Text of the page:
For use in consumption, the patty can be taken out of the freezer, or refrigerator, placed on or in a food item, such as a muffin, slice of bread, flat bread, pita, pizza base etc. or in a sandwich or calzone or flat bread (such as pizza etc.), breakfast sandwich, breakfast wrap, quesadilla and the like, and then cooked. Alternatively, the patty can simply be cooked and consumed without any other food item. The cooking can be done in a microwave oven, conventional oven, pan, skillet, grille, and the like.
 An advantage of the present patty is that when it is cooked on a food item, it adheres to the base food item. Thus it is different than the egg patties (typically on muffins) available in fast food restaurants which do not adhere to the base and can easily slip out of the sandwich material. Because the present egg polymer patties adhere to the base, they are similar to a product prepared from scratch. Once baked, the egg patties are indistinguishable from "made from scratch" products.
 Another advantage is that it has been observed that the currently available breakfast patties (such as muffin patties available in fast food restaurants) are stored frozen in a cooked form. Thus, the egg is cooked and then stored. The present product uses a polymer based delivery/holding system which holds the uncooked liquid egg components in desired shapes and sizes at ambient, refrigeration, and freezer temperatures, and allows them to be stored at these temperatures. The commercially available egg patties have to be reheated and this results in a product that is not fluffy. However, for the present product, it was observed that the cooked patty is light and fluffy. While not intending to be bound by any particular theory, it is considered that this may be due to the egg being cooked only once until the point of consumption. Because of the use of polymers, in the present invention, the egg component can be stored in a raw state, but held in a gelled format of the polymers.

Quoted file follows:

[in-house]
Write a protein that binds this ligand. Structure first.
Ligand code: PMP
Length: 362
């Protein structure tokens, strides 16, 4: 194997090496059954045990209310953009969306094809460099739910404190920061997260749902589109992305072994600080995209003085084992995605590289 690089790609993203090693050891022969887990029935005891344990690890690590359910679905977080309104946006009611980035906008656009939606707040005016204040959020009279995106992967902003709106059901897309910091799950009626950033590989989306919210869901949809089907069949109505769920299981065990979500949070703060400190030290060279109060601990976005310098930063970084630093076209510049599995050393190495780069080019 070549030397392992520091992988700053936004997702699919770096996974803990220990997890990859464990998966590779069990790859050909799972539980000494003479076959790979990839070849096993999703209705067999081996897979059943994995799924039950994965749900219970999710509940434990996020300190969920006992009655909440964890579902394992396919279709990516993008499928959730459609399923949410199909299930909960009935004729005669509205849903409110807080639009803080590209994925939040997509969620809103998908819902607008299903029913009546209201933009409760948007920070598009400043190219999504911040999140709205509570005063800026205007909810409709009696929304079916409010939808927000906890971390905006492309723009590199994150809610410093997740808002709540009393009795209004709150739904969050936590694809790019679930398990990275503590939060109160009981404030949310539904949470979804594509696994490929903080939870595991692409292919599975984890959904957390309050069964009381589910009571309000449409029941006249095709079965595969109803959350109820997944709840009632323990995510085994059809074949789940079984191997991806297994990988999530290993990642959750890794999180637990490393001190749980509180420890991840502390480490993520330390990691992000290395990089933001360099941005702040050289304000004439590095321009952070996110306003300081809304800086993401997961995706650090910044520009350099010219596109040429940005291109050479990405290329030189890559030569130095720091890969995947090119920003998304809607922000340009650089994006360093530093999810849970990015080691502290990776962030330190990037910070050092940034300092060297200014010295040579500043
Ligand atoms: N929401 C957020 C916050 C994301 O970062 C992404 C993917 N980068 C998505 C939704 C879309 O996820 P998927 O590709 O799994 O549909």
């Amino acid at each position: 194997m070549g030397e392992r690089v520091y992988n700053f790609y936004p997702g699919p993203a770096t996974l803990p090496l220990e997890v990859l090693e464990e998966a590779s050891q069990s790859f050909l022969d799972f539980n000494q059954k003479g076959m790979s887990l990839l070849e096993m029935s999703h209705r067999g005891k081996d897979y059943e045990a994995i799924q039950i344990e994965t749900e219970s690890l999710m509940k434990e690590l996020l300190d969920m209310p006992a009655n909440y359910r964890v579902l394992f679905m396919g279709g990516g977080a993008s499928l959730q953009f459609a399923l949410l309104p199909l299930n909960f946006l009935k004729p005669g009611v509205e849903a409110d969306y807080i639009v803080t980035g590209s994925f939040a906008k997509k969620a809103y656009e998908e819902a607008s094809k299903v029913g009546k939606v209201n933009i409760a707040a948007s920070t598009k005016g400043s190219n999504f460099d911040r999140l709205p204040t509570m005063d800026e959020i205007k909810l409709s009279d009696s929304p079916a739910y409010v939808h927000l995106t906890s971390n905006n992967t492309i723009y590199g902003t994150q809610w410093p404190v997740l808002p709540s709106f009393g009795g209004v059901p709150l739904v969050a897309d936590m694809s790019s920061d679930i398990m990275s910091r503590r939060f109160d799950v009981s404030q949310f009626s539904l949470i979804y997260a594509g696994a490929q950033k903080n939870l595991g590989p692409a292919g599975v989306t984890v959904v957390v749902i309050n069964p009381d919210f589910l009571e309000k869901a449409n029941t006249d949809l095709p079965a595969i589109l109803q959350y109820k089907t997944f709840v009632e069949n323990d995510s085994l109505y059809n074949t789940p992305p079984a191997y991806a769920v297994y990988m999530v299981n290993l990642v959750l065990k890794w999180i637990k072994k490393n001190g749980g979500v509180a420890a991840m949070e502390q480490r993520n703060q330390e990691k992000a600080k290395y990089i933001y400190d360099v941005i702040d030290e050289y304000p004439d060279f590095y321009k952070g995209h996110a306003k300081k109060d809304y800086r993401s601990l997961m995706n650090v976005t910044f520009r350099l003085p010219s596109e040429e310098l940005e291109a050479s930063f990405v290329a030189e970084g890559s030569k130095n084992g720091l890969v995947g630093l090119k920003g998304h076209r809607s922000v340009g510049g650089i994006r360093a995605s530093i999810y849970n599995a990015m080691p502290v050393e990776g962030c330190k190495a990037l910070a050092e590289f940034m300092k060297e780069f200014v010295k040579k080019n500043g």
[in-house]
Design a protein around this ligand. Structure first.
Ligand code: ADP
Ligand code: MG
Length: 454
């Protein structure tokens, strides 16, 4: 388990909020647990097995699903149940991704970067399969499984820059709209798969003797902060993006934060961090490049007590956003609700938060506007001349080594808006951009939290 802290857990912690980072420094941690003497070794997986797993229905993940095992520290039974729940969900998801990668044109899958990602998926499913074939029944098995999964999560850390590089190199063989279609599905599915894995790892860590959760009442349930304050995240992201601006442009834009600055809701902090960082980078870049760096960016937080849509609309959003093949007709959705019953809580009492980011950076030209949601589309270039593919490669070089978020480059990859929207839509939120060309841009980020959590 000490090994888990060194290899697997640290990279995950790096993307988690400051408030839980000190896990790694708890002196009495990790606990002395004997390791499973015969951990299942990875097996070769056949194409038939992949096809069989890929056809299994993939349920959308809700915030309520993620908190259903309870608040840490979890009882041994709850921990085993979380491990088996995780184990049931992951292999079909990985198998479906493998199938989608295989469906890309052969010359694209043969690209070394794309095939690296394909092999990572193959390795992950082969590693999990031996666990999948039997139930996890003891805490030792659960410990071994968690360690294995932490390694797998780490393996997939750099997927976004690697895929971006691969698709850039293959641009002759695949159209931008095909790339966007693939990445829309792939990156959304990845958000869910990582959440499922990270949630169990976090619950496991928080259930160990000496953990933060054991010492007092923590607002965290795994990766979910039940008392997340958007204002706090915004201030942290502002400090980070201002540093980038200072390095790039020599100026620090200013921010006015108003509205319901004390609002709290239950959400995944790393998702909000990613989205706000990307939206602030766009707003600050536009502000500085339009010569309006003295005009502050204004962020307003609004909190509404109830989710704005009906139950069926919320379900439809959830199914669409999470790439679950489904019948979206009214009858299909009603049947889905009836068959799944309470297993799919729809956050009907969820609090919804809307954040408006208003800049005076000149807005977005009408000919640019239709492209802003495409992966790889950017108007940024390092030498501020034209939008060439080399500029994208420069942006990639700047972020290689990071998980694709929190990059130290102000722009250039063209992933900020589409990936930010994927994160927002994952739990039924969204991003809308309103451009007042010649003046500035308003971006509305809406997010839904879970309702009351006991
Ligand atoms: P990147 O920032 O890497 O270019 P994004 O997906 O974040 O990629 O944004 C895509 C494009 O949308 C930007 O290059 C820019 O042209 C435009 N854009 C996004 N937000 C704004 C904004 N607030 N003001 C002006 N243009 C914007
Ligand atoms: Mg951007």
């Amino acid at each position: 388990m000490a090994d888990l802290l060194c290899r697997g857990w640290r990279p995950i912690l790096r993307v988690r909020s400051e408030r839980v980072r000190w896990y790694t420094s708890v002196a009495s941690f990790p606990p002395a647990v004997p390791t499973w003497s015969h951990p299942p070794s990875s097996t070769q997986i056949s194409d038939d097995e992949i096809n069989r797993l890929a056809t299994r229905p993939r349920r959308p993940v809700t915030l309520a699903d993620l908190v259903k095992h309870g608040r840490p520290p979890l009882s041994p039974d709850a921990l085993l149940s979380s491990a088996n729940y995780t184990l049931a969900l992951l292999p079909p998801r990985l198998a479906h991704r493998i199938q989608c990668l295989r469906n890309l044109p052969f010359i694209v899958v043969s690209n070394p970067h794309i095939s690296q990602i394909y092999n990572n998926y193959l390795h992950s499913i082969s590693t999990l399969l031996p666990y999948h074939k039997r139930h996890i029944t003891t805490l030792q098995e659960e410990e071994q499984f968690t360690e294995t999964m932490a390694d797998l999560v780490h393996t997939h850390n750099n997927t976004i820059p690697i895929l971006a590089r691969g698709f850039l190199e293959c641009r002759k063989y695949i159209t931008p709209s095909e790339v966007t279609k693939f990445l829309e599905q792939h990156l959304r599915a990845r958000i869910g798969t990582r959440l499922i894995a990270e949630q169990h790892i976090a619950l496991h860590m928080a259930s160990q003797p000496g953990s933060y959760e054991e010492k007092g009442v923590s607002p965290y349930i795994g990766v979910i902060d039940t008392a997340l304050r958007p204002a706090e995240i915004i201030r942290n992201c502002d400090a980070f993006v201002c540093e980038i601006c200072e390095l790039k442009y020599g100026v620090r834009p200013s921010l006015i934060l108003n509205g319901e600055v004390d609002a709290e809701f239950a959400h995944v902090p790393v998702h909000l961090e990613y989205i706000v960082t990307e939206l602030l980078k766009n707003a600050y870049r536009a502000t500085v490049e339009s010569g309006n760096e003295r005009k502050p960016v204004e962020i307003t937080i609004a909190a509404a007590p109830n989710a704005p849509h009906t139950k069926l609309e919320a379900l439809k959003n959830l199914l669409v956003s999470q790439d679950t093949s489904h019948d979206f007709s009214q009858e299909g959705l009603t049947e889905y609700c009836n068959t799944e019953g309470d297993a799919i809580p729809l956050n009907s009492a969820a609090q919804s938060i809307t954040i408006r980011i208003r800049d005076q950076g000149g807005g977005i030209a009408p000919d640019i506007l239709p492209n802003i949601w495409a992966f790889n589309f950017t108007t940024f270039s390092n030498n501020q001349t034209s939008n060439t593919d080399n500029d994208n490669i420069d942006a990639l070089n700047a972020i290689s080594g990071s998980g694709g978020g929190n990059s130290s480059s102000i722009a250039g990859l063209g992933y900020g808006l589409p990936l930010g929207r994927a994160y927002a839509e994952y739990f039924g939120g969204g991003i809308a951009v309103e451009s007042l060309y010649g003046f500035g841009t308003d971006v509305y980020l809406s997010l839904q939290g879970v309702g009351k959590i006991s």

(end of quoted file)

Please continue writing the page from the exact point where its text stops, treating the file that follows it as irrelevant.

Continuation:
It is further believed that because of the particular combination of ingredients, the patties can be made into bigger sizes than would otherwise be possible. For example, circular patties of at least 12, 14 or 16 inches diameter can be made. Additionally, after the patty has gelled, it can be stored at ambient temperatures (room temperatures--generally between 68-75° F.), in a refrigerator or in a freezer.
 This example provides an illustration for the present formulation.
TABLE-US-00001 INGREDIENT DESCRIPTION wt Percent Cheese Sauce 10 Hot Water 34.7 Pectin 1.5 Gelatin 3 Cheese 7 Liquid Eggs 43 Salt 0.3 pHase 0.5 Total 100.
 The ingredients were mixed and processed as described above.
 The following experiment was performed to determine the effect of various gums in the formulation.
TABLE-US-00002 Baked appearance scores Mixture solution (1 = not scores (1 = thin, acceptable, Adherence 3 = medium, 3 = acceptable, on the Test 5 = thick) 5 = good) crust Eggs (43%) + Gelatin 1 2 Yes (3%) + Water (54%) Eggs (43%) + Pectin 3 5 Yes (1.5%) + Water (55.5%) Eggs (43%) + Gelatin 4 4 Yes (3%) + Pectin (1.5%) + Water (52.5%) Eggs (43%) + 1 2 Yes Methocel (1.5%) + Water (55.5%) Eggs (43%) + 1 1 Yes Methocel (1.5%) + Gelatin (3%) + Water (52.5%) Eggs (43%) + 1 3 Yes Xanthan (1.5%) + Water (55.5%) Eggs (43%) + 1 3 Yes Xanthan (1.5%) + Gelatin (3%) + Water (52.5%)
 These data indicate that pectin is necessary for the formulation, but that gelatin, Methocel and Xanthan can be added to the formulation.
 In this example, experiments were conducted to determine, the minimum amount of Pectin needed in the formula.
TABLE-US-00003 Mixture solution Gel forming Proper baked scores scores (1 = thin, 3 = (1--no gel, 3 = (1 = bad, 3 = fine, % Pectin medium, 5 = thick) light gel, 5 = gel) 5 = good) 0.25 0.5 1 1 (not completely cooked) 0.5 1.5 3 3 0.75 3.5 5 5 1.0 4 5 5
 The percentage of Pectin at 0.75 was found to be the minimum amount of pectin or gum required for this invention. It provided a product which was easy to pour and had good baked appearance. In one embodiment, 0.25% of Pectin and 0.25% of Gelatin showed similar performance as 0.5% Pectin--which was outside of the present invention. The results are shown in FIG. 1 which shows uncooked gelled patties for the indicated pectin concentrations.
 While the invention is described as specific embodiments, routine modifications to these embodiments will be apparent to those skilled in the art and intended to be within the scope of the present invention.
Patent applications by Amanda Megan, East Amherst, NY US
Patent applications by Cheryl A. Smith, Lockport, NY US
Patent applications by Noel F. Galluch, Boston, NY US
Patent applications by Paula Lugar, Tonawanda, NY US
Patent applications by Praveen Upreti, Twinsburg, OH US
Patent applications by Yachai Amornkul, Twinsburg, OH US